CoR is not the cause of the problem and there is no reason to change it.  In fact, the CoR law is working extremely well because it has brought all supply chain parties together with the regulator to examine the problem and explore solutions – as it ought to be.

The crux of the problem is regulatory inconsistency across the various state-level livestock loading schemes.  The axle mass breaches that have triggered CoR investigations in NSW are not even classed as offences in VIC, QLD or SA – and there is no evidence of safety problems in these three adjoining jurisdictions.  Across all of these states loaded trucks perform well and operate within total mass allowances and manufacturers’ specifications.

In our view, RMS is targeting the wrong end of the supply chain.  Enforcement of trailer mass limits at livestock processors would help to counteract the ‘per head’ payment rate that incentivises the loading of every trailer to maximum capacity.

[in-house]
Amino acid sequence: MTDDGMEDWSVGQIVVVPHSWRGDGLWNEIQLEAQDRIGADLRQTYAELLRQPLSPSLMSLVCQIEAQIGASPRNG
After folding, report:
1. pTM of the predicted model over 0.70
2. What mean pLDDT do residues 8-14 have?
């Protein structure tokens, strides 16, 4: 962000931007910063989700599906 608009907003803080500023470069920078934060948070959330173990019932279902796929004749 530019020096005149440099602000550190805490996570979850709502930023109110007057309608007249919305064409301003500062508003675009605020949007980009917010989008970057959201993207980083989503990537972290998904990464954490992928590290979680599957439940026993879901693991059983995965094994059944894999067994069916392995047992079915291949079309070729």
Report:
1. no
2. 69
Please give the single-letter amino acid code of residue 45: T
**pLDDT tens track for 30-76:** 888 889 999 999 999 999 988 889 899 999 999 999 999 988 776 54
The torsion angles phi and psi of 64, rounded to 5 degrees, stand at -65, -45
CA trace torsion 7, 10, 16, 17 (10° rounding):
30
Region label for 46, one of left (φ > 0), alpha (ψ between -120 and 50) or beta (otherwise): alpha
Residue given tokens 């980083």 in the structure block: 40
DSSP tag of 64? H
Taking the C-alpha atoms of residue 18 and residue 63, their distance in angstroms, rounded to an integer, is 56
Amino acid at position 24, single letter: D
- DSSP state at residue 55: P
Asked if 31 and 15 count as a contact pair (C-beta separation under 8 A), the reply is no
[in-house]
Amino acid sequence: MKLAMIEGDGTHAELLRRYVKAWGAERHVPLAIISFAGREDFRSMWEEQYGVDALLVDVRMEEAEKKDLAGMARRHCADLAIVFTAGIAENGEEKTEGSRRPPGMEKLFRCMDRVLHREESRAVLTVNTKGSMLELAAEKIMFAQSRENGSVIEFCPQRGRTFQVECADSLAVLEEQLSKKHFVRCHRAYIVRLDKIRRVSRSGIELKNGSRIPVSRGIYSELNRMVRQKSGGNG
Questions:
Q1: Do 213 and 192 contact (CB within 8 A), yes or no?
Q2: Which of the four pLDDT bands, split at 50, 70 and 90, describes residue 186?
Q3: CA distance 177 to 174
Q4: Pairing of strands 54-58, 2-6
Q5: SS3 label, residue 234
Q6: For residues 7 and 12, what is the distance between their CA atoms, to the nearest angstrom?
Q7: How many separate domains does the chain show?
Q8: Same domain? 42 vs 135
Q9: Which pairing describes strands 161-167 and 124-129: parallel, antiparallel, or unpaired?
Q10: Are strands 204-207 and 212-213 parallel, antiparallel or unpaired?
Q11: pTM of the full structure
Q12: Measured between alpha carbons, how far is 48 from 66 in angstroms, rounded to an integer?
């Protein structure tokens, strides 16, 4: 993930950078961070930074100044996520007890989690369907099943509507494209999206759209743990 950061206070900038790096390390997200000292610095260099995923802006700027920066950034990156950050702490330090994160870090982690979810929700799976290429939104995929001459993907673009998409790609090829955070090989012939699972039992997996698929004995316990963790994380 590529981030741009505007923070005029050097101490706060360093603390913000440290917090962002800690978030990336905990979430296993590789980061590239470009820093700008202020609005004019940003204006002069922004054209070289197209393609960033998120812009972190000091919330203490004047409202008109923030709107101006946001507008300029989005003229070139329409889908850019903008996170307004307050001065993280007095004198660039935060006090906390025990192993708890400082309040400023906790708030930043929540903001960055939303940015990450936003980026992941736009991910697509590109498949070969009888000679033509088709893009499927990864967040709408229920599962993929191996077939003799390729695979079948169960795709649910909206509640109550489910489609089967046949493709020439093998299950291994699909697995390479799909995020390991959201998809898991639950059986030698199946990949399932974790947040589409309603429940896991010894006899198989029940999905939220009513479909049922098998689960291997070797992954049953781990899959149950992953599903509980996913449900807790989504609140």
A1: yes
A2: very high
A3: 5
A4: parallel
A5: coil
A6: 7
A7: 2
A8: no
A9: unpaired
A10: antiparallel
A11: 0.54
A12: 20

ALRTA is working with the Livestock, Bulk and Rural Carriers Association of NSW, ALMA and NHVR to progress a common sense solution to this issue.


ALRTA Immediate Past President, Kevin Keenan, observed the 10th meeting of the Transport and Infrastructure Ministerial Council meeting in Sydney this week.

Prior to the meeting, ALRTA circulated a brief to all Ministers outlining our views on issues including the HVNL Review, charging and effluent control. Mr Keenan delivered an address directly to Ministers at the meeting.

An official communique of the meeting has been released here.


The Technical Advisory Committee undertaking the Review of the Australian Standards for Export of Livestock (ASEL) has released a draft report including recommendations.

The report consolidates issues raised in earlier submissions, the recent review undertaken by Dr Michael McCarthy and outstanding issues from the 2012-13 review.